Matt Schickling, the Wire
Right now, there’s no such thing as a leisurely walk down Huntingdon Pike, but Lower Moreland Township administration put together a plan that could change that.
“It’s very much a draft,” township planner Steve Gabriel said before presenting the streetscape plan for Historic Bethayres last Wednesday.
The main goal is to create a way for residents and visitors to travel throughout the township from Bryn Athyn College to the Bethayres Train Station safely on foot. A secondary goal is beautification, that is, making the areas surrounding the road visually appealing.
“We’re going to emphasize the district as a place to gather at the local level,” Gabriel said. “It will enhance the sense of community between Lower Moreland and the rest of Huntingdon Valley.”
As that community develops, planners hope that the township will build some regional appeal as a destination for people to come shop, eat or explore local attractions like the Pennypack Trail.
The plan includes the implementation of new street lights, park benches, bike racks, fences, retaining walls and most importantly, sidewalks. As it currently stands, Huntingdon Pike is a mix of broken, disjointed, narrow or nonexistent sidewalks.
“If I could pick up my building and move it to Chestnut Hill, Ambler, New Hope, Lambertville, I could name a ton of them, I would do it in a heartbeat, but I don’t want to. I’ve been here, I’ve formed relationships,” said Will Bostock, owner of BLue Hair Studio, which is located along the streetscape route. “I feel that with creativity and commitment to getting this done, it could really happen.”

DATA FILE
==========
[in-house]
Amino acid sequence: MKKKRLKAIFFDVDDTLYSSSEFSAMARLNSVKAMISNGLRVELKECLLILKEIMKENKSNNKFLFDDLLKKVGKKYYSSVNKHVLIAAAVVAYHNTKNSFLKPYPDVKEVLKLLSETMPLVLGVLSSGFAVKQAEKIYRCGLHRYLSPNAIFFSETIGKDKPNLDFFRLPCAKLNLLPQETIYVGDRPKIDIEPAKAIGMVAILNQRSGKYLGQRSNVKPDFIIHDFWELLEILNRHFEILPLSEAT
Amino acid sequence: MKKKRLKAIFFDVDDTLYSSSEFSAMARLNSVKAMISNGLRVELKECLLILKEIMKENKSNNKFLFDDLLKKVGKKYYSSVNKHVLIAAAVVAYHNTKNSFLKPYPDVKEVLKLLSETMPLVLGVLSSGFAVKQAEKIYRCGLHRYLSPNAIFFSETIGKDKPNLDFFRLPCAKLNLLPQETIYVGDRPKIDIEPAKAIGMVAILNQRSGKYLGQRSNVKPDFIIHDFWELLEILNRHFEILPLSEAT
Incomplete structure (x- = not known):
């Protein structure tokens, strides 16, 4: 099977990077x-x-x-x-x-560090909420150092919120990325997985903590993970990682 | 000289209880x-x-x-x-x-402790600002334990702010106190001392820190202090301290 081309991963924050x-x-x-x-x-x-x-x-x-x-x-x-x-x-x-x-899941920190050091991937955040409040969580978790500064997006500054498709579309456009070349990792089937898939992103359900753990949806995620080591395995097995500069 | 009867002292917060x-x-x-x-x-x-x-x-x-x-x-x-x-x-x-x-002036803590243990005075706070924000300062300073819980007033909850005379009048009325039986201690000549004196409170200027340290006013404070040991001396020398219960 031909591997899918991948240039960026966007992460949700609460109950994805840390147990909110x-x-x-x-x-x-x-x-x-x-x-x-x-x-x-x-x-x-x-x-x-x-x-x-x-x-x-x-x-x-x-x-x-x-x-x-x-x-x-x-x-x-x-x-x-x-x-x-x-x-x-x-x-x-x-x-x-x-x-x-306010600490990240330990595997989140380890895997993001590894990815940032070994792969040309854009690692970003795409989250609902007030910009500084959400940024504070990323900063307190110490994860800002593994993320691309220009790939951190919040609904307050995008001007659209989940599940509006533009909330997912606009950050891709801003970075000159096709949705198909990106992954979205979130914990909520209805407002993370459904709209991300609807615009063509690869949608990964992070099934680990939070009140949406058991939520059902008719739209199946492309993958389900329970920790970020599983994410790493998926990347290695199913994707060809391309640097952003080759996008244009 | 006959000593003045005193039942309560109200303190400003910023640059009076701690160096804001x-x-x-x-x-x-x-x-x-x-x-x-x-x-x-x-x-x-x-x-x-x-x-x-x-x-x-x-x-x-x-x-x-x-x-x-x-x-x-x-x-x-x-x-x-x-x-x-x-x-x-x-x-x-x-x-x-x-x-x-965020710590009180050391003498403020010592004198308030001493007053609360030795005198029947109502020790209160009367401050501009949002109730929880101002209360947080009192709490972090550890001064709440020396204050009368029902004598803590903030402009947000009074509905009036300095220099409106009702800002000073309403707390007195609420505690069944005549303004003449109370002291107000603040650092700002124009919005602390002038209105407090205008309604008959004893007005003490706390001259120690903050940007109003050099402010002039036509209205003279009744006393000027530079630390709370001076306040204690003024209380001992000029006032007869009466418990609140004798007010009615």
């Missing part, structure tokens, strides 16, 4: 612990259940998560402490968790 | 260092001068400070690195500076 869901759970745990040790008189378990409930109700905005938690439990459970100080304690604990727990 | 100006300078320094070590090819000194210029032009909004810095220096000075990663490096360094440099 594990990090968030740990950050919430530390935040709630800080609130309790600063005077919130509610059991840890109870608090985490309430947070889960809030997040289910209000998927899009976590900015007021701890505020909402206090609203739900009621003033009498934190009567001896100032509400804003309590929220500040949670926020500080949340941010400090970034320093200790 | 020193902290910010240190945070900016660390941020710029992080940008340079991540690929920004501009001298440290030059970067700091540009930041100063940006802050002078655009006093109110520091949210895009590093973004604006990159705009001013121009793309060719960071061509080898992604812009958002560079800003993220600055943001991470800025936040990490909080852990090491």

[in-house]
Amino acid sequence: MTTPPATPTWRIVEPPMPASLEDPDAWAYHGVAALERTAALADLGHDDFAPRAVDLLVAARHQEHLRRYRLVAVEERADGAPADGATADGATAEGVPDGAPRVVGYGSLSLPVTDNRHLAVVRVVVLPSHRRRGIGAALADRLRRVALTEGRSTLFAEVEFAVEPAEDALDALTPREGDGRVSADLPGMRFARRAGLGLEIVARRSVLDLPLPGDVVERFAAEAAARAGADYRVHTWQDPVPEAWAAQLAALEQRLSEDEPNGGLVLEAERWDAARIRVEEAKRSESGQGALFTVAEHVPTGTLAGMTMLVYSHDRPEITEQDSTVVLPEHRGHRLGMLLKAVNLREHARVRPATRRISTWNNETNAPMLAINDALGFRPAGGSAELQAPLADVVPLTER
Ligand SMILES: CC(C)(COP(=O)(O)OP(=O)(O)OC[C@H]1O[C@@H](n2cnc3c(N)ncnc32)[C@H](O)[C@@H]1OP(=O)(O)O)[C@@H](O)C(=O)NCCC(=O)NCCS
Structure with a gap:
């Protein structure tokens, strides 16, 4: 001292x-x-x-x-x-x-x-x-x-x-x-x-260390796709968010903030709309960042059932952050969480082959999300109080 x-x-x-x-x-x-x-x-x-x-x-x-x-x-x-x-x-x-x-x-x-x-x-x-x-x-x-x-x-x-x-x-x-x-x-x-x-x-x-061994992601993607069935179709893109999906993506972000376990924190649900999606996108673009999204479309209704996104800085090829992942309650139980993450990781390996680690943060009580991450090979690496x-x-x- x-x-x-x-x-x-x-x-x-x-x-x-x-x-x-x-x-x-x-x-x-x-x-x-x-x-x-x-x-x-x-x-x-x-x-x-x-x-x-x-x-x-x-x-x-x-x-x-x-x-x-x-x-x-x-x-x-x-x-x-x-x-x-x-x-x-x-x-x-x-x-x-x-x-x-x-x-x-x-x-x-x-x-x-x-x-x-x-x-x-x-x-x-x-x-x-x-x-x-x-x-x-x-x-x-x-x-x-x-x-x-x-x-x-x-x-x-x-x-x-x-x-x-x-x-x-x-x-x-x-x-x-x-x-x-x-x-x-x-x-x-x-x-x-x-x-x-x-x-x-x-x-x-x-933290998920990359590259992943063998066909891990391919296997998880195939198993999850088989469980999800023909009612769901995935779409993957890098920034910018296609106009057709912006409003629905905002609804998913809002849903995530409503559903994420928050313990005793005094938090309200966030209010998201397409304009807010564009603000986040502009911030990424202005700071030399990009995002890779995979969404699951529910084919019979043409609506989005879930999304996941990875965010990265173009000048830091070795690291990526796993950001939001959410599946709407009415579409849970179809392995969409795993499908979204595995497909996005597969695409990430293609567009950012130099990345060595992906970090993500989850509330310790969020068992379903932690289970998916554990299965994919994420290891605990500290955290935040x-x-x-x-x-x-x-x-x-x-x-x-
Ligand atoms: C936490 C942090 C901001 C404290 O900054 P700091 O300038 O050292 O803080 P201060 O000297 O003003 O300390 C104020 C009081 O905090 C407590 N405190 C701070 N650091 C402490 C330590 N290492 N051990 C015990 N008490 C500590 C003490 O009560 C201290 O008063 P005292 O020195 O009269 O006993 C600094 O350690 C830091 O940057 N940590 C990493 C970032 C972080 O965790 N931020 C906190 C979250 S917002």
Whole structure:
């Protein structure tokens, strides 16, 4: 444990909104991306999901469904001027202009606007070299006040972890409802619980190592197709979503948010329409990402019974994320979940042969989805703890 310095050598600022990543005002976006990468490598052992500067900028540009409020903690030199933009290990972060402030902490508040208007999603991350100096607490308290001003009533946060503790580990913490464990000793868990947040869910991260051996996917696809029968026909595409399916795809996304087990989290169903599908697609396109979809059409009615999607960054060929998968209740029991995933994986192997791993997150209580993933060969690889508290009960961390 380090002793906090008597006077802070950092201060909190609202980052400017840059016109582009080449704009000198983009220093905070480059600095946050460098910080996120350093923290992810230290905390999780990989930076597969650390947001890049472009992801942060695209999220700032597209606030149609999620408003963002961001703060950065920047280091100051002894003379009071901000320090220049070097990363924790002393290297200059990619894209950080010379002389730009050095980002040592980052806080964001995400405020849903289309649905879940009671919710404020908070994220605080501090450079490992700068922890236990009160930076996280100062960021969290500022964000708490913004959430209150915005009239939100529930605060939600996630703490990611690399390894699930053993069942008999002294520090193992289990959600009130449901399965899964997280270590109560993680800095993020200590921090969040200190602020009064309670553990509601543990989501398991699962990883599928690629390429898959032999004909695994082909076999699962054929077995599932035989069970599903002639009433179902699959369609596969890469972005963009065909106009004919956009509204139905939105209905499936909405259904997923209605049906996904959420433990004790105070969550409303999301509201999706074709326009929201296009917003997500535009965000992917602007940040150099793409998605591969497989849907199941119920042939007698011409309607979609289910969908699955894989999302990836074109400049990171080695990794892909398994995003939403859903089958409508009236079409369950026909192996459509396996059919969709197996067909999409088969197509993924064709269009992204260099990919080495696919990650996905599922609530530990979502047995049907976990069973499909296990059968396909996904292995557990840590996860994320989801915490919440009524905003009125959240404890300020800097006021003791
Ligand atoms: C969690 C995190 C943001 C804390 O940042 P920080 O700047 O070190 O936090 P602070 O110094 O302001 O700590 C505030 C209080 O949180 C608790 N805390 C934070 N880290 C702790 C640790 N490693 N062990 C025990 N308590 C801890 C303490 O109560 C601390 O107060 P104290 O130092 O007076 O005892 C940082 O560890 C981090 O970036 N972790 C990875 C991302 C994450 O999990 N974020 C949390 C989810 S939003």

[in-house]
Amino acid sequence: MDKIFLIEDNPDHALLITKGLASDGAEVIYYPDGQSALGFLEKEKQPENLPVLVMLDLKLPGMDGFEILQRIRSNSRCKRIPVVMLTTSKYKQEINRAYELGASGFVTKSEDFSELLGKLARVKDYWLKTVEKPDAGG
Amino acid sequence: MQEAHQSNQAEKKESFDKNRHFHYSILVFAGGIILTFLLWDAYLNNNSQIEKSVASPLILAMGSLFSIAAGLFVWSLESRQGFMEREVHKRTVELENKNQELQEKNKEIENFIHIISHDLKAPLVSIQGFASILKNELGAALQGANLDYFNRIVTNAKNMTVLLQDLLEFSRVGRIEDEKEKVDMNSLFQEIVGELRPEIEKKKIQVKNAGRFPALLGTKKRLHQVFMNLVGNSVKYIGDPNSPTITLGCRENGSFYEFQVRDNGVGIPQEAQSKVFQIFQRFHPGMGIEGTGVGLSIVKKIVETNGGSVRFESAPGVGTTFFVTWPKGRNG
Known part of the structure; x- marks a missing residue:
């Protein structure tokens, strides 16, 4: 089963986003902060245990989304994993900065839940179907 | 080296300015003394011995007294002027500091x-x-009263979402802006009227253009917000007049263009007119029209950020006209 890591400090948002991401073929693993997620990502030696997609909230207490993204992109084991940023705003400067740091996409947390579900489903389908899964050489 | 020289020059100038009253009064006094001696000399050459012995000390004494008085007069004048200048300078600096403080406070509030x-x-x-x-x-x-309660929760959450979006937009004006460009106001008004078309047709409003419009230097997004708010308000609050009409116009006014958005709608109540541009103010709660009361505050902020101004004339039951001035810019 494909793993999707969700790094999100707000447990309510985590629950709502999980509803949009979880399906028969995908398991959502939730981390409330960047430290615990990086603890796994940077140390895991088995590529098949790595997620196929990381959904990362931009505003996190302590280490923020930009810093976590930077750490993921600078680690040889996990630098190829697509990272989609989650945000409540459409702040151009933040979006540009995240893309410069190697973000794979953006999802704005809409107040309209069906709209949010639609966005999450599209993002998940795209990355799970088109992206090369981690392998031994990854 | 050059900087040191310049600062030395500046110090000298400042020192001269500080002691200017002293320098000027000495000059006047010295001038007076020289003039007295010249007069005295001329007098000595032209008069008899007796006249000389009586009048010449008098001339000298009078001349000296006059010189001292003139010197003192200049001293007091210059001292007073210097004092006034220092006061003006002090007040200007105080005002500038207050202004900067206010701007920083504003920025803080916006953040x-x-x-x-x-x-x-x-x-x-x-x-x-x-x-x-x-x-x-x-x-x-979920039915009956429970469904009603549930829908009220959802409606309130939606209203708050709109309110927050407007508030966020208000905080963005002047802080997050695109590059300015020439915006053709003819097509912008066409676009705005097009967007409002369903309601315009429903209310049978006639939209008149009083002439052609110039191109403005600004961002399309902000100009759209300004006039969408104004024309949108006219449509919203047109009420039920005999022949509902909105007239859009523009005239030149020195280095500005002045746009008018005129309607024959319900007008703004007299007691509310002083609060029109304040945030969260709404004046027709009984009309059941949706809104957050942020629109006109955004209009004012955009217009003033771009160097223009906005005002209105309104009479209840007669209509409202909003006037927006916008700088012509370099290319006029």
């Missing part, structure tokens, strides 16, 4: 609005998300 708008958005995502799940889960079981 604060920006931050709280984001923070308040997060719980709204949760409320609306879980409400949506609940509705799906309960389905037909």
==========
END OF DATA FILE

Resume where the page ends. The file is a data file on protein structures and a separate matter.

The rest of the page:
To design the plan, Lower Moreland applied for a grant with the Delaware Valley Regional Planning Commission and secured $20,000. In order to receive grant money for construction, a finalized plan has to be in place. The presentation doubled as an opportunity to get community input for any adjustments.
Only one issue was raised, which is the elimination of parking on Huntingdon Pike by Fetters Mill Road. There, the on-street parking would be eliminated and on one side of the road, the curb would be bumped out six feet so that there could a landscaping buffer between pedestrians and the road. Each driving lane would remain the same width.
Rob DeMartinis, president of the board of commissioners, explained that while the lost parking is inconvenient, there are 400 public parking spaces nearby, which should be more than enough to accommodate the need. Some of the landscaping would also include rain gardens, which would help absorb some of the stormwater, which is a problem in the township.
“This is a concept to show here’s what we think can help to beautify and make a small town out of the historic district,” DeMartinis said. “We want this to be a destination where people can walk or ride a bike to three different historic districts that are pretty incredible and be able to stop and have a cup of coffee, do some shopping and get on a train and head back into the city.”
The plan begins on Buck Road by Academy of the New Church School in Bryn Athyn and continues to the Bethayres Train Station, where a walking path would be made to connect the station to the road. Also on that end will be a gateway sign welcoming visitors, stamped asphalt for visual appeal and perhaps a public art installation.
The overall goal, according to DeMartinis, is not only to connect pedestrians to the Bethayres Station, but eventually to a trail system being developed for Philmont Avenue, through to Valley Center Park, through the wetlands and into Ridgway Park.
Ultimately, the plan presented is conceptual, but it represents a sincere effort to move forward. This project is something that will perhaps take years to complete, and will be done in stages as to avoid completely shutting down Huntingdon Pike.
But with proper funding, as the administration has shown over the last two years with Valley Center Park, Lower Moreland does not waste time making improvements when opportunities like this arise.
“Right now, Huntingdon Pike is an absolute mess,” DeMartinis said. “That’s something that we’re just trying to change. This is one piece, but ultimately we’re trying to make this a small-town community and do something to revitalize local business.”
For information and updates, visit www.lowermoreland.org.